Dance Dance Revolution Extreme 2 Review

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Graphics: 8.0
Sound : 8.5
Gameplay : 8.5
Multiplayer : 8.0
Overall : 8.3
Review by Andy Levine
The Dance Dance Revolution phenomenon has swept across the world, making it hard to find an arcade without at least one machine available. In October of 2002, Konami decided to make DDR available to home PS2 gamers with the release of DDRMAX. Since then, a selection of DDR games have appeared on the PS2 and Xbox, each of which brought updated soundtracks and new game modes. Dance Dance Revolution Extreme 2 is the latest PS2 series edition, offering more than 70 new songs, a slew of fresh gameplay modes, and even online support. DDR Extreme 2 is definitely a worthy title for any dancing fanatic, and it also has the potential to attract new gamers to this innovative genre.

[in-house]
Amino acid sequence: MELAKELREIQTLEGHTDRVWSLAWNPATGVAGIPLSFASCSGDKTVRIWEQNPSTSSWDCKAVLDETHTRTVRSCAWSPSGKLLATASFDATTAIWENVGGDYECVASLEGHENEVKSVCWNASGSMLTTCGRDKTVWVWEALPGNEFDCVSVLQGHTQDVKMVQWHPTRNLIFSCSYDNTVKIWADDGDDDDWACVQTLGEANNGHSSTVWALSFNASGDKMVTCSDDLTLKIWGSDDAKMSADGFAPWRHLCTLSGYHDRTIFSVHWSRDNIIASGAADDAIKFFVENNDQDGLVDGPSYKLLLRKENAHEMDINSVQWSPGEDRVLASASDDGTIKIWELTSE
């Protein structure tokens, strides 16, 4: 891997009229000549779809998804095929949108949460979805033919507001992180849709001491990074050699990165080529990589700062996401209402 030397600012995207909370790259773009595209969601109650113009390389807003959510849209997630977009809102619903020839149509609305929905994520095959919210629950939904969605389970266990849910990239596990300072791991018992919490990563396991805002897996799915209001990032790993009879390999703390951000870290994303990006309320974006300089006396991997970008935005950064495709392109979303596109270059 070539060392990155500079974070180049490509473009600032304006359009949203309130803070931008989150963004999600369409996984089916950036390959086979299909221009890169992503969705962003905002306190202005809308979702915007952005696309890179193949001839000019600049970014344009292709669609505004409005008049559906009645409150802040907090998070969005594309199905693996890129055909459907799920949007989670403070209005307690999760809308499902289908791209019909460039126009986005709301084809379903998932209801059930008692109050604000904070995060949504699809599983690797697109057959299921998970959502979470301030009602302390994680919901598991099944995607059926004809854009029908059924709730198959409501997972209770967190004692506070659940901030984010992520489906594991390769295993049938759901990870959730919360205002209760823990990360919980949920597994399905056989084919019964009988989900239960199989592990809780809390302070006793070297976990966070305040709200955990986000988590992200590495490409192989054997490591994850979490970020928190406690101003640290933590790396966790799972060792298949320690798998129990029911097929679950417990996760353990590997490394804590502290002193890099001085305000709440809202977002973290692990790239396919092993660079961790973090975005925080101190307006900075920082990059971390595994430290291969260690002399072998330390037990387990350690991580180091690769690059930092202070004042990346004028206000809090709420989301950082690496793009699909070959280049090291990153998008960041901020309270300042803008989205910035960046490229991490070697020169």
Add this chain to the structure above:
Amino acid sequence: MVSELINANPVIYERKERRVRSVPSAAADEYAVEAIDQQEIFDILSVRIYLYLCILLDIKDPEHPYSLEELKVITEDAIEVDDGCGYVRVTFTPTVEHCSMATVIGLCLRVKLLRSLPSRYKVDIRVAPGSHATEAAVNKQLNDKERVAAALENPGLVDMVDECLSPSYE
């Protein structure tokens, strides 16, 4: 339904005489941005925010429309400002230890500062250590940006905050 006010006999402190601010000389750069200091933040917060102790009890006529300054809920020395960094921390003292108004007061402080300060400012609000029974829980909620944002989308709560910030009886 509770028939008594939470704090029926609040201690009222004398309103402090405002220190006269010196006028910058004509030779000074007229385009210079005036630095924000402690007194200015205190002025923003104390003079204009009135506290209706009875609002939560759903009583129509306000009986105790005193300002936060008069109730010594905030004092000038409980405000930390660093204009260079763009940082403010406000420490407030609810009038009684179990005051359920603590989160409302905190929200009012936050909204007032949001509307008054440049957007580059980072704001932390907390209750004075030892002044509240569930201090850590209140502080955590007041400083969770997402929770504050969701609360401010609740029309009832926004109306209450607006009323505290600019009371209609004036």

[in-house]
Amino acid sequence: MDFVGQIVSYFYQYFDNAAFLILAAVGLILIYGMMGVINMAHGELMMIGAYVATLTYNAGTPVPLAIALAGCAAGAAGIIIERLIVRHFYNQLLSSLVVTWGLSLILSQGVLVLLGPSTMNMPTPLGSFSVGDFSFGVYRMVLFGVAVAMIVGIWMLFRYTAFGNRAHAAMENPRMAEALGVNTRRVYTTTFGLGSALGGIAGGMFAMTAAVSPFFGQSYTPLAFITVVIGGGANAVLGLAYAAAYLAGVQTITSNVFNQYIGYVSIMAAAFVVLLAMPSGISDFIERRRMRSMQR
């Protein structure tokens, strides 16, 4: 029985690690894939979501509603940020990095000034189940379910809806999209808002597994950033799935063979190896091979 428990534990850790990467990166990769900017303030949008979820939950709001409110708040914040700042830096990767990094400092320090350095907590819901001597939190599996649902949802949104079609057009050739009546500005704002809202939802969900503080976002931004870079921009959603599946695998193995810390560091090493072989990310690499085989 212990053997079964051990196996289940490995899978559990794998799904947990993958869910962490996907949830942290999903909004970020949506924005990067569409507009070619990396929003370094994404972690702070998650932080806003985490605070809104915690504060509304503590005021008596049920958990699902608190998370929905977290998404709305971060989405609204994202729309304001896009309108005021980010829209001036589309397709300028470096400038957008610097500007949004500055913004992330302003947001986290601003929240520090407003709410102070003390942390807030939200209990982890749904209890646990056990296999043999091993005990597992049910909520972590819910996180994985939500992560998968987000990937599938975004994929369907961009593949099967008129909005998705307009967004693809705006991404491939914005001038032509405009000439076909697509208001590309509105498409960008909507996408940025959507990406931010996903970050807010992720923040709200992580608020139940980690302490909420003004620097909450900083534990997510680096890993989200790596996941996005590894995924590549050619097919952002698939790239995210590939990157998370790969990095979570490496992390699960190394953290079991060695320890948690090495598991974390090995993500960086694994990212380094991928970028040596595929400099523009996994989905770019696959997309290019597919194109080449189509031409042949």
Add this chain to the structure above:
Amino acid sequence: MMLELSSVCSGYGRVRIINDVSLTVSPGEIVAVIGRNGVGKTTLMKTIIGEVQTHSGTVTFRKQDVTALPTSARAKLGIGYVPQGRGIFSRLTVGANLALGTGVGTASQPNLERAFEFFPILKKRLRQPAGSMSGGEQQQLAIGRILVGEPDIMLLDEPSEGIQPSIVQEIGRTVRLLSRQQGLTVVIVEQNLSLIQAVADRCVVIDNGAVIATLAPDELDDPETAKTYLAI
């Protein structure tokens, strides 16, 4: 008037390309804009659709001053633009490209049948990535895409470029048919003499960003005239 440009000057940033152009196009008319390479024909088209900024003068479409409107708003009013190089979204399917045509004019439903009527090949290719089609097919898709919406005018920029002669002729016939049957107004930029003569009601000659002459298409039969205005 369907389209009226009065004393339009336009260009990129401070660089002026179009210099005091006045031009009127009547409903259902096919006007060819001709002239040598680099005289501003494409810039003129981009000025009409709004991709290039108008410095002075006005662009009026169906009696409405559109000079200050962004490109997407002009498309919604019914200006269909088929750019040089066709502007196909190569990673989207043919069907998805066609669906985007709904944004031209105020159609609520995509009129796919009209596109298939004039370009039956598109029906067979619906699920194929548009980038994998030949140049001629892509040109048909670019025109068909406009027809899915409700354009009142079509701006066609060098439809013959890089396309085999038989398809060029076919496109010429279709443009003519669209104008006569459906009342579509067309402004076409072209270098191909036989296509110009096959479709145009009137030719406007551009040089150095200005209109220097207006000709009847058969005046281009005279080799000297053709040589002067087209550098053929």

The main game mode is called Dance Master Mode, which is where you need to complete certain objectives in order to unlock new songs, dance courses, and other missions. The Dance Master Mode uses a branch system in order to slowly introduce the mechanics to beginners while still allowing some of the more experienced dancers to head towards the latter part of the game. Each mission has a generic objective, such as requiring you to obtain a certain number of perfect ratings, have a combo last for a set amount of moves, or even to simply finish the song without your life meter fully draining. Like at the arcades, your life meter depletes if you don’t get a perfect or great rating when you step, so you should keep up with the beat if you plan on surviving. While this mode is where everything in the game becomes unlocked, you also have the option to dance around in the Free Play or Advanced modes. Free Play simply allows you to select any of your unlocked songs on the difficulty of your choosing. Once the song is over, you can select another song immediately (unlike in previous DDR installments where the game would reset after every 3 rounds). The Advanced mode is similar to the Nonstop, or ‘Oni’, challenges in which you continually dance through song after song until you miss a certain number of steps. This mode can be extremely taxing—especially if you’re skilled enough to last for over twenty minutes. The new Workout mode saves a record onto the memory card of how many calories you burn by calculating information about your height and weight and applying it to the songs you select. While it would’ve been nice if it could keep track of this information in other modes, if you’re going to play DDR solely for weight loss purposes, then the Workout mode will certainly help you a lot. Lastly, the Training mode allows you to play your favorite songs slowly so that you can develop a working routine, while the Lesson mode introduces the basics of dancing to beginners. In short, there are a plethora of game modes available in Dance Dance Revolution Extreme 2 that will keep you busy for hours on end.